How do we create a global health architecture that’s fit for purpose in the 21st century? The answer to that question is not so clear. But at a minimum, it might include an important and increased role for development banks, and an important role for the Global Fund. Because the Global Fund does have the ability to fund programmes in-country effectively.

Moreover, there's a need for additional organisations like the Africa CDC, regional CDCs. I read that the European Commission has decided to increase the funding of the European Centre for Disease Prevention and Control and that there are discussions of creating CDCs in the ASEAN region and in the Middle East.

These are additional ways by which we might be able to get stronger systems in place for supporting countries. Because the most important thing isn't the global institutions or the regional CDCs. The most important thing is improving country capacity. And we have to be laser focused on that because it means looking at the ability of countries to find and stop health threats.

One of the most important things we can do to make progress is to have a mobilising global target. And I recently suggested one such target that we called 7-1-7: every new outbreak, or suspected outbreak, should be able to be identified within seven days, investigated and reported within one day, and then effective control measures put in place within seven days.

If countries matter most, what can wealthy nations do to support poorer countries in their level of responsiveness?

I would make four points here. First, yes, money is needed. And, again, USD 5 to 10 billion a year for at least a decade — these are additional dollars specifically for preparedness, in addition to funding for research, primary care, and other critically important needs.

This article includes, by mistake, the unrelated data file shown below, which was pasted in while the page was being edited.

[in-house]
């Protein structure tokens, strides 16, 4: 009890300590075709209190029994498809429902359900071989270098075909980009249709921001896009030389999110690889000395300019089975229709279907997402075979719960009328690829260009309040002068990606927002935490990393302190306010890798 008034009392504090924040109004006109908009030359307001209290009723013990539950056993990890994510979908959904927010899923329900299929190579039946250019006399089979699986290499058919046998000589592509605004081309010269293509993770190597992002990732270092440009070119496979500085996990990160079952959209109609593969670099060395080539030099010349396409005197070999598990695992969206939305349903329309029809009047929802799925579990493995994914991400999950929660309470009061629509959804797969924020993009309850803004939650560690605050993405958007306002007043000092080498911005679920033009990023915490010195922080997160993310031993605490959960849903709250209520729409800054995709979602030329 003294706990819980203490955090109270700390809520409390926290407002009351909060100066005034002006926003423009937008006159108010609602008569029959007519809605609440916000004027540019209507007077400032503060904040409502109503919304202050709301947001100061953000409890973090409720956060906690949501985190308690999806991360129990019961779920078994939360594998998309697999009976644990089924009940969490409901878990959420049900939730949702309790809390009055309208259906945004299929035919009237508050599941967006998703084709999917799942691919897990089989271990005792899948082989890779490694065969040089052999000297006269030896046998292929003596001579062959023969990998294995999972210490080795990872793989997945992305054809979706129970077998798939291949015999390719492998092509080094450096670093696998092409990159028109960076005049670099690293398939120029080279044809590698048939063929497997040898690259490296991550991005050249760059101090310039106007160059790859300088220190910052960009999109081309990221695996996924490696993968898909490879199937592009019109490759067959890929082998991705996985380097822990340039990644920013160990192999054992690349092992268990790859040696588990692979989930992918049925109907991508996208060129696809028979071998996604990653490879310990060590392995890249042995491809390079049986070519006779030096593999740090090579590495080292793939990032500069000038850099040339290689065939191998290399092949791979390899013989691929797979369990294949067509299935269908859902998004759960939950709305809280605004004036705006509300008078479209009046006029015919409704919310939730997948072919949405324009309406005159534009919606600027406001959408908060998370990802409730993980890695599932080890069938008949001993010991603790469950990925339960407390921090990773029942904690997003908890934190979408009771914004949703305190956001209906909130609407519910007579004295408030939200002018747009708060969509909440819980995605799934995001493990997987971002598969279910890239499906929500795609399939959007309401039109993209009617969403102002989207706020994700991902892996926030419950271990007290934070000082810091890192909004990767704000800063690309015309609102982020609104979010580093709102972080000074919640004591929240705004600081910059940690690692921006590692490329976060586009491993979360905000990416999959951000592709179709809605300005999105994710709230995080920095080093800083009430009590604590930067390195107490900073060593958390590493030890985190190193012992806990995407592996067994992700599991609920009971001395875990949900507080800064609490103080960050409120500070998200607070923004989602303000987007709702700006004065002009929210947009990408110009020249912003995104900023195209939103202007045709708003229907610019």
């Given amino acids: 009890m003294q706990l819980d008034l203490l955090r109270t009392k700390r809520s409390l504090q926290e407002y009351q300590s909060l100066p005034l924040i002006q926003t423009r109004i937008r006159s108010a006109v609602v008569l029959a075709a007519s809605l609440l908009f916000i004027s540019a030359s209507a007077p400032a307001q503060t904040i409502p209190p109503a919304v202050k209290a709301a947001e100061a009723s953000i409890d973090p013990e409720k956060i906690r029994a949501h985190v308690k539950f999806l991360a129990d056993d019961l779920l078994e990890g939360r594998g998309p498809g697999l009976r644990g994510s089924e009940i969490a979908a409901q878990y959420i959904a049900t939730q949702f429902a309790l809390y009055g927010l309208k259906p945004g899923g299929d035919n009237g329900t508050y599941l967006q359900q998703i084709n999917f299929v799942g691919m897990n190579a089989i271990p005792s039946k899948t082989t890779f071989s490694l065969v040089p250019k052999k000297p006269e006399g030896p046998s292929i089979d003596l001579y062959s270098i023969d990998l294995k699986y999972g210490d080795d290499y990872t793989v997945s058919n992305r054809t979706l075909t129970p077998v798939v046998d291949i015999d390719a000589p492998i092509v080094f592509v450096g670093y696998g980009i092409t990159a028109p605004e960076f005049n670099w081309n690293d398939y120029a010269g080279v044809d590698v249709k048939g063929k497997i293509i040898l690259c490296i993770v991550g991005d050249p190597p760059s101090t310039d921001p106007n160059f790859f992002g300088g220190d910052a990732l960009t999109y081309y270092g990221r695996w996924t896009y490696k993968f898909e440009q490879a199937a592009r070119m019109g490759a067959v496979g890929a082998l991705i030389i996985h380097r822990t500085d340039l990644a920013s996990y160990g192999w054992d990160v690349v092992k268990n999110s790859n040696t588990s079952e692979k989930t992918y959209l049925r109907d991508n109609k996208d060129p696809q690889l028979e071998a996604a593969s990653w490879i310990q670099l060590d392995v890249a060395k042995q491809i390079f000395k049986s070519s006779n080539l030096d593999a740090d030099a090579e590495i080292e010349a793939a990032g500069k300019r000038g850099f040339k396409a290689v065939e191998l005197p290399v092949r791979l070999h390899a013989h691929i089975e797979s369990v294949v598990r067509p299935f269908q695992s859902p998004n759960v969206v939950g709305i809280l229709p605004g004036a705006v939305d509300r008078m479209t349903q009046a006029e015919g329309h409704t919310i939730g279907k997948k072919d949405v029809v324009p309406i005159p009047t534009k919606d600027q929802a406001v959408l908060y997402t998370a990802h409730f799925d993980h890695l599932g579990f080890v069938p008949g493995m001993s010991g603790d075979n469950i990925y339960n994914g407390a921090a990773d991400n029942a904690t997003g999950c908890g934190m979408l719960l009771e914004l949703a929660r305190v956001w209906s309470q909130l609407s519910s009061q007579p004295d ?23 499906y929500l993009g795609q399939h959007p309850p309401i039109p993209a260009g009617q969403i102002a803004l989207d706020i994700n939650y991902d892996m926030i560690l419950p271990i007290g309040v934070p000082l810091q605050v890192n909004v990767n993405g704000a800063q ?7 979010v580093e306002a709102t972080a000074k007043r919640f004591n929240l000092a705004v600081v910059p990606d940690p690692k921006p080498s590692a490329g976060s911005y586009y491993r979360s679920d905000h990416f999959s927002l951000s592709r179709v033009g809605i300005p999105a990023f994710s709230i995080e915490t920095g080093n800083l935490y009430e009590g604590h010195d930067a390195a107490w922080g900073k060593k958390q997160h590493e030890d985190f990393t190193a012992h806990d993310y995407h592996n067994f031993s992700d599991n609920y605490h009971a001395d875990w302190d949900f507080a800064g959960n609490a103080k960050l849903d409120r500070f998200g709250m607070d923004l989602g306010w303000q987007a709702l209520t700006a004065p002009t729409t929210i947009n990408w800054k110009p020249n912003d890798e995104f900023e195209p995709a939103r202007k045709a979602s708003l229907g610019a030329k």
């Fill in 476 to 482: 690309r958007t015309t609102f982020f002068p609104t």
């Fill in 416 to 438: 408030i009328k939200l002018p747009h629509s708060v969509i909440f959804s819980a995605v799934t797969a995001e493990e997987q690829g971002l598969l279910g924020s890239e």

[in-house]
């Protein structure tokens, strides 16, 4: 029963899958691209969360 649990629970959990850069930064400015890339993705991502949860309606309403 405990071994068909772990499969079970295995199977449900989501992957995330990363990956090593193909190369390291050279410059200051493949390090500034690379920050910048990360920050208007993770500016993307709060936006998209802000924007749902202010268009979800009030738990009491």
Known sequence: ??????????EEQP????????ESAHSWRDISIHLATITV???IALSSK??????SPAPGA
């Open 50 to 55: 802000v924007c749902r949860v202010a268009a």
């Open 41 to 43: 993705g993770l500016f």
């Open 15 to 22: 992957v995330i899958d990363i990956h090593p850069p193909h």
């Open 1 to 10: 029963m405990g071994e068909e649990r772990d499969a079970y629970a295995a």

Second, technical collaboration and partnership.

Third, increased manufacturing capacity, including for vaccines like the mRNA vaccines around the world so that we are not so dependent on a few companies in rich countries. Low and middle-income countries would then also have regional manufacturing plants that could be used, not just for Covid-19, but potentially for other diseases as well.

Fourth, it’s not about the rich countries helping poor countries. There is a lot of know-how in lower-income countries. We need to strengthen people in public health in lower-income countries because that’s how we get sustainable progress.

What role do you see for private, non-state actors in such efforts?

There’s a role for civil society, both non-governmental philanthropic organisations, as well as the private sector. And there's a lot we can do through them to strengthen global health. Some of it funding, some of it is know-how, some of it is partnerships.

Philanthropic organisations like the Bill and Melinda Gates Foundation can catalyse the establishment of new financial mechanisms. There are some new blended finance means, not just government-funded, but also with the private sector. There are many roles the private sector can play and does play in all the range from basic research to delivery and distributions.

One year into the pandemic: Will we be ready the next time something like this happens?

The answer very much lies in the balance right now. We can be, we should be. Shame on us if we’re not. But if we keep on doing what we've always done, we’ll get the results we’ve always gotten. And we really do need to step up in global collaboration, in global preparedness, in country preparedness.

It’s really a now-or-never moment to make dramatic improvements in our global preparedness. And my fear is that as deaths are reduced with the rollout of the vaccine in rich countries, the political will to improve preparedness globally will fade. The result would be that we lose this unique opportunity to improve preparedness and save lives.


This interview was conducted by Michael Bröning.